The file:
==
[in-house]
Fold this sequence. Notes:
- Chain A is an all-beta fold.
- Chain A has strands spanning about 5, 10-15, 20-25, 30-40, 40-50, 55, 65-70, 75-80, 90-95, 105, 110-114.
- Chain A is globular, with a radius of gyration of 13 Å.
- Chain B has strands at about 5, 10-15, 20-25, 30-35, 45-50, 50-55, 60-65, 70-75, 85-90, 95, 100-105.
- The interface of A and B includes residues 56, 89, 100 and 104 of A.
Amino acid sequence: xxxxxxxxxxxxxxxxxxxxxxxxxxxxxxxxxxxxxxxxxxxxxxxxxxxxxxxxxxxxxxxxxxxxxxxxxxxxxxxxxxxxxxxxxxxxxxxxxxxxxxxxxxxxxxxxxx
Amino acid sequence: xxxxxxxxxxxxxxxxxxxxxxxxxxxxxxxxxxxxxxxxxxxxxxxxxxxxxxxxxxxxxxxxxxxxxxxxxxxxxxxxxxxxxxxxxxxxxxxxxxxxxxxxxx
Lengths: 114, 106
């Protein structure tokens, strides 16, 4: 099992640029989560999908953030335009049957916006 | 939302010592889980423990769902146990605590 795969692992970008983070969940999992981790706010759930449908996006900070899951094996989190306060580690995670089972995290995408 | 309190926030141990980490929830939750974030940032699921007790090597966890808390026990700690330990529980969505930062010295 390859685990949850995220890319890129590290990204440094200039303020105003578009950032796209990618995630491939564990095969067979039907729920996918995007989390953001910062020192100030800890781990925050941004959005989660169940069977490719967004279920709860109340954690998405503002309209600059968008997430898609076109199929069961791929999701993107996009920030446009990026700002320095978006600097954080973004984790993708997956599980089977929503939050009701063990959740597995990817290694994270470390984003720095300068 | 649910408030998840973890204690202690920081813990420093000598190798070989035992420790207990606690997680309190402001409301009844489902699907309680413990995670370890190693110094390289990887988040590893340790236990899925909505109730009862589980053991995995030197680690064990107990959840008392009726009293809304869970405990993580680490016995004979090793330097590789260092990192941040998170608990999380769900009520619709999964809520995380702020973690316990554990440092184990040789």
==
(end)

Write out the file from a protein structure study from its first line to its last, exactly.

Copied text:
[in-house]
Fold this sequence. Notes:
- Chain A is an all-beta fold.
- Chain A has strands spanning about 5, 10-15, 20-25, 30-40, 40-50, 55, 65-70, 75-80, 90-95, 105, 110-114.
- Chain A is globular, with a radius of gyration of 13 Å.
- Chain B has strands at about 5, 10-15, 20-25, 30-35, 45-50, 50-55, 60-65, 70-75, 85-90, 95, 100-105.
- The interface of A and B includes residues 56, 89, 100 and 104 of A.
Amino acid sequence: xxxxxxxxxxxxxxxxxxxxxxxxxxxxxxxxxxxxxxxxxxxxxxxxxxxxxxxxxxxxxxxxxxxxxxxxxxxxxxxxxxxxxxxxxxxxxxxxxxxxxxxxxxxxxxxxxx
Amino acid sequence: xxxxxxxxxxxxxxxxxxxxxxxxxxxxxxxxxxxxxxxxxxxxxxxxxxxxxxxxxxxxxxxxxxxxxxxxxxxxxxxxxxxxxxxxxxxxxxxxxxxxxxxxxx
Lengths: 114, 106
């Protein structure tokens, strides 16, 4: 099992640029989560999908953030335009049957916006 | 939302010592889980423990769902146990605590 795969692992970008983070969940999992981790706010759930449908996006900070899951094996989190306060580690995670089972995290995408 | 309190926030141990980490929830939750974030940032699921007790090597966890808390026990700690330990529980969505930062010295 390859685990949850995220890319890129590290990204440094200039303020105003578009950032796209990618995630491939564990095969067979039907729920996918995007989390953001910062020192100030800890781990925050941004959005989660169940069977490719967004279920709860109340954690998405503002309209600059968008997430898609076109199929069961791929999701993107996009920030446009990026700002320095978006600097954080973004984790993708997956599980089977929503939050009701063990959740597995990817290694994270470390984003720095300068 | 649910408030998840973890204690202690920081813990420093000598190798070989035992420790207990606690997680309190402001409301009844489902699907309680413990995670370890190693110094390289990887988040590893340790236990899925909505109730009862589980053991995995030197680690064990107990959840008392009726009293809304869970405990993580680490016995004979090793330097590789260092990192941040998170608990999380769900009520619709999964809520995380702020973690316990554990440092184990040789």